The last time multiple ballots were needed for any party to elect a House Speaker, a century ago in 1923, it took nine ballots to settle the matter. Today, before we got off the air from today's BradCast, Republican leader Kevin McCarthy had failed to secure a majority on the eleventh ballot. [Audio link to full show follows this summary.]
Not all hope is lost. There's still the all-time record of 133 ballots over two months in 1855-1856 that today's Republican Party has yet to break. Give them time.
So, the 118th U.S. Congress has not yet been gavelled into existence. But that's not the only place where Republicans seem to be tripping over their own legislative [bleeps].
On today's program...
- Up-to-the-minute coverage of the madness and idiocy of Day 3 in the Republican-led House; how the 20 far-right anti-McCarthyites are shooting themselves and their party in the foot; what McCarthy has already given away (pretty much everything) in his still-failed effort to win them over; how Trump may be the biggest loser of all here; the Democratic Party's continuing unified support for leader Hakeem Jeffries (the lead vote-getter, with 212 votes, on each and every ballot to date); why all of this is important and the dangers ahead; a reminder of what the nation is now missing without Dems in control of the chamber; and the question of whether Dems should help McCarthy win the Speakership in exchange for a promise to raise the debt ceiling to avoid a national and potentially global depression, as suggested by Rep. Brad Sherman (D-CA).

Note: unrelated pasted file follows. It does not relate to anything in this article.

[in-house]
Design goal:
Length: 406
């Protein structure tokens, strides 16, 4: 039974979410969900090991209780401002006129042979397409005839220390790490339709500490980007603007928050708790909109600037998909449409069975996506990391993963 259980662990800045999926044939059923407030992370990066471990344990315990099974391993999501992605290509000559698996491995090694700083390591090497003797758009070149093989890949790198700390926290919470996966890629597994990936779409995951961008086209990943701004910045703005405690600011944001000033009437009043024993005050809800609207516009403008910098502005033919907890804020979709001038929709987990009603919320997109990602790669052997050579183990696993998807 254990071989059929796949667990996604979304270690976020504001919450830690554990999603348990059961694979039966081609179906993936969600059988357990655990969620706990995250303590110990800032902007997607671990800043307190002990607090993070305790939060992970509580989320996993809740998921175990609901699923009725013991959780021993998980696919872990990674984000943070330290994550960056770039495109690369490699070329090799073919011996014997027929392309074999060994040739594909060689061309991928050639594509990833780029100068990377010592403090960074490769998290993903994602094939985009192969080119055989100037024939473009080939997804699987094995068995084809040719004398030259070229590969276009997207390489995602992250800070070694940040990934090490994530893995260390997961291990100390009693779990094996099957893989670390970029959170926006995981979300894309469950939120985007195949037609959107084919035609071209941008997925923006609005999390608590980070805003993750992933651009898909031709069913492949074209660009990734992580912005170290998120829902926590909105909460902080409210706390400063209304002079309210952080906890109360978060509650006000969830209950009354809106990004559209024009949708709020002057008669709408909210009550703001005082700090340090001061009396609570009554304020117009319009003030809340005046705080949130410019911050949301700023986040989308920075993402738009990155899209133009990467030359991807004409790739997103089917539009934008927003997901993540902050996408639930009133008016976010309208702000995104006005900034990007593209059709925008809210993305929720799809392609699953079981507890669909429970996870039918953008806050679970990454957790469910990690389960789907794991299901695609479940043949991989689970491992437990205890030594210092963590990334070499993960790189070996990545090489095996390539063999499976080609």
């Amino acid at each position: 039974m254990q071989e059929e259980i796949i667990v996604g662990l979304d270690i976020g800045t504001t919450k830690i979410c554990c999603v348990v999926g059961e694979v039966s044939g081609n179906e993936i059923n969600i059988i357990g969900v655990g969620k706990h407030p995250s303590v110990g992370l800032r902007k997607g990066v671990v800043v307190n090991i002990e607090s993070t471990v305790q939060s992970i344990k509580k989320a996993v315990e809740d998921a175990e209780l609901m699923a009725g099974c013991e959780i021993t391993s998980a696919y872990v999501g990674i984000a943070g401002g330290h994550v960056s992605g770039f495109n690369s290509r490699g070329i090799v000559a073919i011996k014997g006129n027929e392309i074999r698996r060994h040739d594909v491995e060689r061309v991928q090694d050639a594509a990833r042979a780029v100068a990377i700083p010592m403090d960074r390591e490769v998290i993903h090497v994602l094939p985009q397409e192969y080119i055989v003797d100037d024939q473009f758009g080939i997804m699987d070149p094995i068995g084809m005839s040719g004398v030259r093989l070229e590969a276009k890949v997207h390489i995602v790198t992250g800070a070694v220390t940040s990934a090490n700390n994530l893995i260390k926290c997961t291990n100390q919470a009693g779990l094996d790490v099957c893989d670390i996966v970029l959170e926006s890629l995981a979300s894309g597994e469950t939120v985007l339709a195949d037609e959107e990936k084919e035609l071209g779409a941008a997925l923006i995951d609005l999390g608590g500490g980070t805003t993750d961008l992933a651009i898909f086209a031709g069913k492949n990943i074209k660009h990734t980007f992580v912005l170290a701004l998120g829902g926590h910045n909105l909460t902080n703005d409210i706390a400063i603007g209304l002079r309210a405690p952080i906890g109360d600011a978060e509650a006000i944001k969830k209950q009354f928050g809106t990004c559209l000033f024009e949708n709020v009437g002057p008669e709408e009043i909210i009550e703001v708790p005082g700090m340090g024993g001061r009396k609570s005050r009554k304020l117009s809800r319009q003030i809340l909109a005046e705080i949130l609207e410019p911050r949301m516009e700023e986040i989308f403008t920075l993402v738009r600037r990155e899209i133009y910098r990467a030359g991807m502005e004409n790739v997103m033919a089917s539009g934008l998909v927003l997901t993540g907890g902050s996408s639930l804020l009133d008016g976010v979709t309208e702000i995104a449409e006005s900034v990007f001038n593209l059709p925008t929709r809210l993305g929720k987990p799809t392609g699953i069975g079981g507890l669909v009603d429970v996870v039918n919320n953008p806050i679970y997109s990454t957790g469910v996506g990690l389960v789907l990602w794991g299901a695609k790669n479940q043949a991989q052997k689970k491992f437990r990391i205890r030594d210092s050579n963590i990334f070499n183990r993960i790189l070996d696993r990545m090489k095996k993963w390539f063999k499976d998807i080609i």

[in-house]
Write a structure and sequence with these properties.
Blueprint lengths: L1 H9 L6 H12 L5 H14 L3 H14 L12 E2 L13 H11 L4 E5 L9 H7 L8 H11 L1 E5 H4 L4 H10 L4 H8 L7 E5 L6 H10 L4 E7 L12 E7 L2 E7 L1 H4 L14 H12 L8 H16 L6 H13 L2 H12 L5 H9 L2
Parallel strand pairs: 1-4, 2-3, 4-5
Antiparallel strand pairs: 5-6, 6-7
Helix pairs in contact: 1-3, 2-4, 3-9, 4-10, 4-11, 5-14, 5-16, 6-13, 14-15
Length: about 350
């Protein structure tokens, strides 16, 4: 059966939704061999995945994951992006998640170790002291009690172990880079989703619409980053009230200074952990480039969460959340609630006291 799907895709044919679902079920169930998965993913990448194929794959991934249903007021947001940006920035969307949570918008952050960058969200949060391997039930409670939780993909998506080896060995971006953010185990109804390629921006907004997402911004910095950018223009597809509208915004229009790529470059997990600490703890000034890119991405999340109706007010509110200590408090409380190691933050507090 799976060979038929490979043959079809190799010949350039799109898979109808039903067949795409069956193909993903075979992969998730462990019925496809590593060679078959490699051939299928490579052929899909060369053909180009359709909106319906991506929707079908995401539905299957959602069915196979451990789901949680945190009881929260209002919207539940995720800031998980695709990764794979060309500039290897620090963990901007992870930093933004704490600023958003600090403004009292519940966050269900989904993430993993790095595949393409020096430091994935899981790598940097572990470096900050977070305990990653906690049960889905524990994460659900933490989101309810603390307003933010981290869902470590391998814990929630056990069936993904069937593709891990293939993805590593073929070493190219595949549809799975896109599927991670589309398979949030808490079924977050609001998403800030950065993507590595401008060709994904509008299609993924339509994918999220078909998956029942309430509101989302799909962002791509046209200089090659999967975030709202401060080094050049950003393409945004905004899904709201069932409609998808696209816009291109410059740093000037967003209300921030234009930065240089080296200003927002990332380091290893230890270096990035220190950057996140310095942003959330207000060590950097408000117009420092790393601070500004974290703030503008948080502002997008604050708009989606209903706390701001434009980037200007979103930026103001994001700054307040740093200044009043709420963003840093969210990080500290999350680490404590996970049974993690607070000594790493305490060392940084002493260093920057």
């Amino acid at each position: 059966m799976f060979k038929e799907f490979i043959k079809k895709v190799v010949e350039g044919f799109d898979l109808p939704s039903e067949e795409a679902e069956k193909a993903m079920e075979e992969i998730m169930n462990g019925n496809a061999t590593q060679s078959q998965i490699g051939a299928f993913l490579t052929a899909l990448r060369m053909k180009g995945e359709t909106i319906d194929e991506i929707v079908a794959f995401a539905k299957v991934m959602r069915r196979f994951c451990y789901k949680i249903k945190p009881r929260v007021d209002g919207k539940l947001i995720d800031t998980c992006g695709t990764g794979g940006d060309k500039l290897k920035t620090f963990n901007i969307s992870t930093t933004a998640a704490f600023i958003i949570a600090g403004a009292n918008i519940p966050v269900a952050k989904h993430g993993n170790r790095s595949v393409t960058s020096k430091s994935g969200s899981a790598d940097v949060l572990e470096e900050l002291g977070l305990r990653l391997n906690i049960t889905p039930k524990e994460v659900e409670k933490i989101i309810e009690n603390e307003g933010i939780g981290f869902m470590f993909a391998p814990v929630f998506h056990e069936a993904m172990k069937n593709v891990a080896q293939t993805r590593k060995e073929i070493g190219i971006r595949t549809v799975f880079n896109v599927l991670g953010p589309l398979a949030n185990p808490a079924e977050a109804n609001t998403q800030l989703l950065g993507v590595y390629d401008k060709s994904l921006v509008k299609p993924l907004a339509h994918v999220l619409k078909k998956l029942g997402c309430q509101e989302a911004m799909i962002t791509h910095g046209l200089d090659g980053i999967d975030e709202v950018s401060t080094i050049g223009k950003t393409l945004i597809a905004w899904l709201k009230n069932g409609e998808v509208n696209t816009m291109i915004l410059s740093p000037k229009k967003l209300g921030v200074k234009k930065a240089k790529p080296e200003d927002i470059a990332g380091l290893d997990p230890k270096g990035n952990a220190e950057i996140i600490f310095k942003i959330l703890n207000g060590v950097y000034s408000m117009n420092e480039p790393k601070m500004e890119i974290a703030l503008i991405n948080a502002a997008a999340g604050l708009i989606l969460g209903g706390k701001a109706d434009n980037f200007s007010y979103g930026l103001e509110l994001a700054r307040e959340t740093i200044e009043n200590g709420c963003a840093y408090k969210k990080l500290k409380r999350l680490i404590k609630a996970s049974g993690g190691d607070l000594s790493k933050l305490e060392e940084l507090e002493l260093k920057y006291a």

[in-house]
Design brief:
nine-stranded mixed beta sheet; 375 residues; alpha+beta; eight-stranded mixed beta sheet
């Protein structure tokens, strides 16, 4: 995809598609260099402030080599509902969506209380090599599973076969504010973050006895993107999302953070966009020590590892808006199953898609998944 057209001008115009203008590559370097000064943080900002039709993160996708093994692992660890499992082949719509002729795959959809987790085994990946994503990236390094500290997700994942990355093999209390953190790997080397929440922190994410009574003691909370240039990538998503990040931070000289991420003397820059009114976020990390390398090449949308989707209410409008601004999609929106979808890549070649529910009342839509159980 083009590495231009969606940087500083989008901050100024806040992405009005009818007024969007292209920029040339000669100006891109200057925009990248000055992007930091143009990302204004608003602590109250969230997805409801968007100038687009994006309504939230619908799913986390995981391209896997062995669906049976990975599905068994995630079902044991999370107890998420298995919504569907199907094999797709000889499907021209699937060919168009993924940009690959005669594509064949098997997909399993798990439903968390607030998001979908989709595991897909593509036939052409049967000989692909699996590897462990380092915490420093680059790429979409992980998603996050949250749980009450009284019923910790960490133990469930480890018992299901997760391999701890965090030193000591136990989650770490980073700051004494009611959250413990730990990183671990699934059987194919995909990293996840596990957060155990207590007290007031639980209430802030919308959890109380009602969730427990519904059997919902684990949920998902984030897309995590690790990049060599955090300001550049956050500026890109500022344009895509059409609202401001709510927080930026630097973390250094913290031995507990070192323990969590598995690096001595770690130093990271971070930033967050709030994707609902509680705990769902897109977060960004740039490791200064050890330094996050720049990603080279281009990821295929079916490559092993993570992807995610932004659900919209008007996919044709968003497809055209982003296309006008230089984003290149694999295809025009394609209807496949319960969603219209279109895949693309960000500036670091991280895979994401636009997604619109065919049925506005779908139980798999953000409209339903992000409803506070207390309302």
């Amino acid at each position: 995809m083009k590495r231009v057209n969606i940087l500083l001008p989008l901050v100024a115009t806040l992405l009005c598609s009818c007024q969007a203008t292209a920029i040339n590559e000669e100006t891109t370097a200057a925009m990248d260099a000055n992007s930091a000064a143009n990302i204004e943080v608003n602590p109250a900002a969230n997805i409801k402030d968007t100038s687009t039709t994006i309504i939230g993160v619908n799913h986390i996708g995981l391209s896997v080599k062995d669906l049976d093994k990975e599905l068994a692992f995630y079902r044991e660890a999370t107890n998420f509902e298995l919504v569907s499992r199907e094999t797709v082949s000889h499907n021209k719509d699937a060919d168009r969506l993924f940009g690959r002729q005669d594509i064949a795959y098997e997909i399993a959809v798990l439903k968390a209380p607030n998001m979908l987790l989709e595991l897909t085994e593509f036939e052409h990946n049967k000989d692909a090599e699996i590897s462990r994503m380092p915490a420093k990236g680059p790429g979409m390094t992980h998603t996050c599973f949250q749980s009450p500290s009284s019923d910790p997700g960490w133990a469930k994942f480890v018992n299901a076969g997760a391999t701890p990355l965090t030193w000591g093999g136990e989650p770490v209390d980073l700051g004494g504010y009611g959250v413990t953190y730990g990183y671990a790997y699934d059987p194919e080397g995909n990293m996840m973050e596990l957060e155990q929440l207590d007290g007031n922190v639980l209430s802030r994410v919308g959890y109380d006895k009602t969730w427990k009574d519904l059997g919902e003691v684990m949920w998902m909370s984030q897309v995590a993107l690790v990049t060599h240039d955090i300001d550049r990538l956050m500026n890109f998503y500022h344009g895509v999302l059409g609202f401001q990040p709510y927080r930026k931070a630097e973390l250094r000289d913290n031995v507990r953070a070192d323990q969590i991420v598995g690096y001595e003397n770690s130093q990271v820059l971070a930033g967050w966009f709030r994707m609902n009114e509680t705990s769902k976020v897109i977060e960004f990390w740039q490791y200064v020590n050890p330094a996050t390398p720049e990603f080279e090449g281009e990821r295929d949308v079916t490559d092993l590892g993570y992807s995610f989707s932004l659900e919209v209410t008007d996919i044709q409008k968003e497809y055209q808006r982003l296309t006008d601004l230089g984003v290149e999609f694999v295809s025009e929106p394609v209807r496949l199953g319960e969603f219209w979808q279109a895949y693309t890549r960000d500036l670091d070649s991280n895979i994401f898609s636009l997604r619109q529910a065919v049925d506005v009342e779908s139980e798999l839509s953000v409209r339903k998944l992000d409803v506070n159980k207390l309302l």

- In Pennsylvania on Thursday, Democratic Gov.-Elect Josh Shapiro tapped former Philadelphia city commissioner and election official, Al Schmidt, a Republican, to serve as Sec. of the Commonwealth.
- Also in the Keystone State this week, Democrats in the State House have out-maneuvered Republicans to seat a House Speaker. In a surprise victory last November, Dems won back the majority from the GOP for the first time in a decade, but only by one seat. Then, one Democratic member died and two others vacated their seats for higher office. Until special elections to fill those three seats can be scheduled, both parties were claiming the majority and the right to run the House, set the legislative agenda, and schedule the special elections, which will likely result in a clear majority for the Dems after they are finally held. But Dems were able to win over some Republican votes to elect one of their own as Speaker in a surprise victory this week.
- In another surprise victory for Democrats, this time in the very Republican Ohio state House, Democrats out-maneuvered the GOP again by voting en masse with a group of Republicans to elect a more moderate Speaker than the one the GOP had chosen as their leader just last month. The power struggle comes in the wake of a still-unfolding racketeering scandal for the GOP as the state's former Republican House Speaker, Larry Householder, begins a federal trial this month with his co-defendant, the former Chair of the Ohio Republican Party, regarding $61 million in alleged bribes to pass legislation to help bail out energy giant, FirstEnergy.
- Finally, Desi Doyen joins us for our first Green News Report of the new year, with a ton of stuff we missed over our holiday break, and a bunch of stuff that has happened since our return, including the roll out of billions of dollars in infrastructure upgrades and new incentives for consumers to move to clean, renewable energy, as adopted when Democrats controlled both chambers of Congress...
(Snail mail support to "Brad Friedman, 7095 Hollywood Blvd., #594 Los Angeles, CA 90028" always welcome too!)